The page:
positive school year
change your mindset (attribution unknown)

As the lazy, hazy days of summer wound down in August, the “Back to School” commercials began in full force. TV and print advertisements from major retailers showed smiling students and adults buying colorful backpacks and school supplies . This is in contrast to the past two years when TV brought no shortage of bad news about the global pandemic, its impact on education, and news about horrific school shootings. It’s not just a commercial, we do have the ability to help our kids move through this school year with a positive mindset.

Now that we are into September and the school year is underway, one of the most important things we can do with our students is talk with them. Engage in dialogue about what they are excited about, what concerns they have, and their overall thoughts and feelings about the upcoming year. Nervousness, excitement, anxiety, and anticipation can make up a child’s emotional mix at the start of the year. Open conversations will help identify and address any negative thoughts or feelings that our kids may harbor. Conversations will help our students focus on strengths and internal and external resources .

Remind them of times when they showed grit, recovered from a poor grade, navigated a tricky peer situation, or made a new friend. Revisiting the past will reinforce that those skills are still present inside of them and ready to be used when needed. For teens, often you will help them by simply lending an ear and listening to their concerns.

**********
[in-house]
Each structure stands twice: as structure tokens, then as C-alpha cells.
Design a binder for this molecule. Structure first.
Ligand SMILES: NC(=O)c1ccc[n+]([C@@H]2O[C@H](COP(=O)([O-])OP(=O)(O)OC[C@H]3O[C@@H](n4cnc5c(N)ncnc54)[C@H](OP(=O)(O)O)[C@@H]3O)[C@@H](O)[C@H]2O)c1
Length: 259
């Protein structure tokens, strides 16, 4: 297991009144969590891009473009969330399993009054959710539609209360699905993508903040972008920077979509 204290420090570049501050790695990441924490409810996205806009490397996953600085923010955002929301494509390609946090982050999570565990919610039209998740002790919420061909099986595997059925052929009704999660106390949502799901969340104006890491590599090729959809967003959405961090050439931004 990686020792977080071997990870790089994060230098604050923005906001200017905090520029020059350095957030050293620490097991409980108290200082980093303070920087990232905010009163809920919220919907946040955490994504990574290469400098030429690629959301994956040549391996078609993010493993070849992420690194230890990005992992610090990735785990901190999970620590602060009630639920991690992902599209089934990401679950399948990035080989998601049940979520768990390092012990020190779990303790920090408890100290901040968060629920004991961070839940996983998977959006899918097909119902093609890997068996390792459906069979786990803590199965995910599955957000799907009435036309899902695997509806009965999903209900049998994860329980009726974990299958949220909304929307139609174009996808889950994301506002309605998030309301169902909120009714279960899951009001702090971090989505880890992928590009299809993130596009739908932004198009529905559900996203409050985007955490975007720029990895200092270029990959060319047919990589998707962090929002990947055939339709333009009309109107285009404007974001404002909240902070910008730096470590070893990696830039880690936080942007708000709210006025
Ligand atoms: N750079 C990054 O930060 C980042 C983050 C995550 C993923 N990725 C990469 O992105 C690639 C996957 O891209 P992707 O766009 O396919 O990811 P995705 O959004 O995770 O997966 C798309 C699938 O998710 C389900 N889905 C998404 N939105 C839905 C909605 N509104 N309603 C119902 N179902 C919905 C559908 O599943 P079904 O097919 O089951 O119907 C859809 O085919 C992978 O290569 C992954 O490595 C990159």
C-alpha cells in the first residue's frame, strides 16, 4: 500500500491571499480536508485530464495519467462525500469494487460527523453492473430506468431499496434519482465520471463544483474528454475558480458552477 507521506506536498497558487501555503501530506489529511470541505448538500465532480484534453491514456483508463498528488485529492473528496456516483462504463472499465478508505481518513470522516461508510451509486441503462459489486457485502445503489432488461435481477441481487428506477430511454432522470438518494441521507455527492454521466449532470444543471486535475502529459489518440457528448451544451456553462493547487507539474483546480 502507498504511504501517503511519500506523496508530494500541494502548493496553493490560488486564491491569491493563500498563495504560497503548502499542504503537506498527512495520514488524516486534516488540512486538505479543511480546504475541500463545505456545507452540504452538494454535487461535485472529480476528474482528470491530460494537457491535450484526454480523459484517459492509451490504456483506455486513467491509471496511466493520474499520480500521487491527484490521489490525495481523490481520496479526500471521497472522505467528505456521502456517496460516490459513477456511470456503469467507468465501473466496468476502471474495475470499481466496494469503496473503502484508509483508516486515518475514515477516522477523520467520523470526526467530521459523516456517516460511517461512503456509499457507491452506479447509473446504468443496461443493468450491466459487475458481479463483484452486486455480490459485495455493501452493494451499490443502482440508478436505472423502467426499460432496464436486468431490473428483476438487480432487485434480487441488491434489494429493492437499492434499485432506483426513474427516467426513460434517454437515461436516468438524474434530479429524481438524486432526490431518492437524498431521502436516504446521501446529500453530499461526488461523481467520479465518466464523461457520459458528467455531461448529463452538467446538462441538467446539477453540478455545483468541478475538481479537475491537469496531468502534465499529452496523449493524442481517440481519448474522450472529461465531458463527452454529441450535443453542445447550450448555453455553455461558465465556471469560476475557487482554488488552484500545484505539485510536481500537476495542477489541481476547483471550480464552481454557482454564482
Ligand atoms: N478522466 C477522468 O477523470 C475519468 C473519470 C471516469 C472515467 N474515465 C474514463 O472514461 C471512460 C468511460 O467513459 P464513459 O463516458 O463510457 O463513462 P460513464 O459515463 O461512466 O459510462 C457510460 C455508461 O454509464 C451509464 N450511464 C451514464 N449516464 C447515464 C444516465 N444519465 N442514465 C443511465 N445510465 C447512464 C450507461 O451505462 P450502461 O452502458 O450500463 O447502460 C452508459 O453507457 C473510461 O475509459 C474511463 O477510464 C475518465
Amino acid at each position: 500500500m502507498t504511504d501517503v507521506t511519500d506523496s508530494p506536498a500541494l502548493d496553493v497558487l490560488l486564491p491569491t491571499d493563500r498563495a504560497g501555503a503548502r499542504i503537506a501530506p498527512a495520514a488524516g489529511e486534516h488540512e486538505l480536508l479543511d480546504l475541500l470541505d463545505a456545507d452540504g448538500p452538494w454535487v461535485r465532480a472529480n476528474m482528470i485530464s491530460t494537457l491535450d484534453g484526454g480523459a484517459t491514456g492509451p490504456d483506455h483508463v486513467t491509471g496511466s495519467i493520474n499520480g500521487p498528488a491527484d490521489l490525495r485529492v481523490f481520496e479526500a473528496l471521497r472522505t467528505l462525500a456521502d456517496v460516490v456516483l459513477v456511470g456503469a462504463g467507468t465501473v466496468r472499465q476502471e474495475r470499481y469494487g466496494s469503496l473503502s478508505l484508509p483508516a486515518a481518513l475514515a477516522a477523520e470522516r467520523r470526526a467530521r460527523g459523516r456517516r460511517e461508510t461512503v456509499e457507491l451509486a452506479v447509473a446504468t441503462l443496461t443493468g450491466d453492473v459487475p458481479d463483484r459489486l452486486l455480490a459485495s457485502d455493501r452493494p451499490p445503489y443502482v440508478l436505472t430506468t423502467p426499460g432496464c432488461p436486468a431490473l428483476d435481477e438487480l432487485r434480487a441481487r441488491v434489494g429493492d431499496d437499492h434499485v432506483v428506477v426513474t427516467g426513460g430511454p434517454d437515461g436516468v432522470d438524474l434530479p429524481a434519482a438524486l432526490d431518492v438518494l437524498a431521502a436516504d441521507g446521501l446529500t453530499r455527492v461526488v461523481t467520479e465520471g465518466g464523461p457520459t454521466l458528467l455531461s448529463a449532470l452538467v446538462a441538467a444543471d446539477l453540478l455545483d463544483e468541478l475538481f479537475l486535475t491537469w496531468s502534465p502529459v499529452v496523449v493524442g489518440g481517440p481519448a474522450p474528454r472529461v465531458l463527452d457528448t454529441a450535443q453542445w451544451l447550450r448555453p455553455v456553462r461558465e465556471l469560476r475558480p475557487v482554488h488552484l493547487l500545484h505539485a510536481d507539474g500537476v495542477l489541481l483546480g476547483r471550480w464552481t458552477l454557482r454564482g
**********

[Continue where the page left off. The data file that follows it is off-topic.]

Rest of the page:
I also believe in teaching children the two P’s: plan and prepare. This can apply to different parts of school – the practical and concrete, such as establishing new routines, using a new planner for time management, or designating a space to complete homework; or the conceptual, such as sitting with a different group at lunch or knowing and talking about the importance of the junior year of high school. When we feel prepared, we feel more confident.

We constantly communicate with our children, both verbally and non-verbally

As parents, it is also important to have an awareness of how our own feelings affect our children. We constantly communicate with our children, both verbally and non-verbally. Called emotional contagion, we transfer not only words, but feelings to our children. If we feel anxious about the school year, our children will pick up on that; conversely, if we portray confidence, our students will feel confident.

Recognize that kids are by nature resilient, although some more than others. Thanks to neuroplasticity – our brain’s fascinating ability to reorganize itself – we can continue to dust off the residue of COVID, navigate through all of the negativity, and keep things optimistic, constructive, and encouraging over the next nine months.

Here’s to a positive school year!

Dina Ricciardi, LCSW, ACSW

We thank guest blogger Dina Ricciardi for her continued contributions to Two Peds in a Pod on the mental health aspects of parenting. Drs. Kardos and Lai

Ricciardi, LCSW, ACSW is a psychotherapist in private practice in Doylestown, PA who works with children, teens, and adults. Her areas of expertise include anxiety, depression, disordered eating, and ADHD. She has studied at the Family and Play Therapy Center in Mt. Airy and is a graduate of the Philadelphia Psychotherapy Study Center. Her full profile is available on the Psychology Today Therapist Finder and on LinkedIn.

©2022 Two Peds in a Pod®

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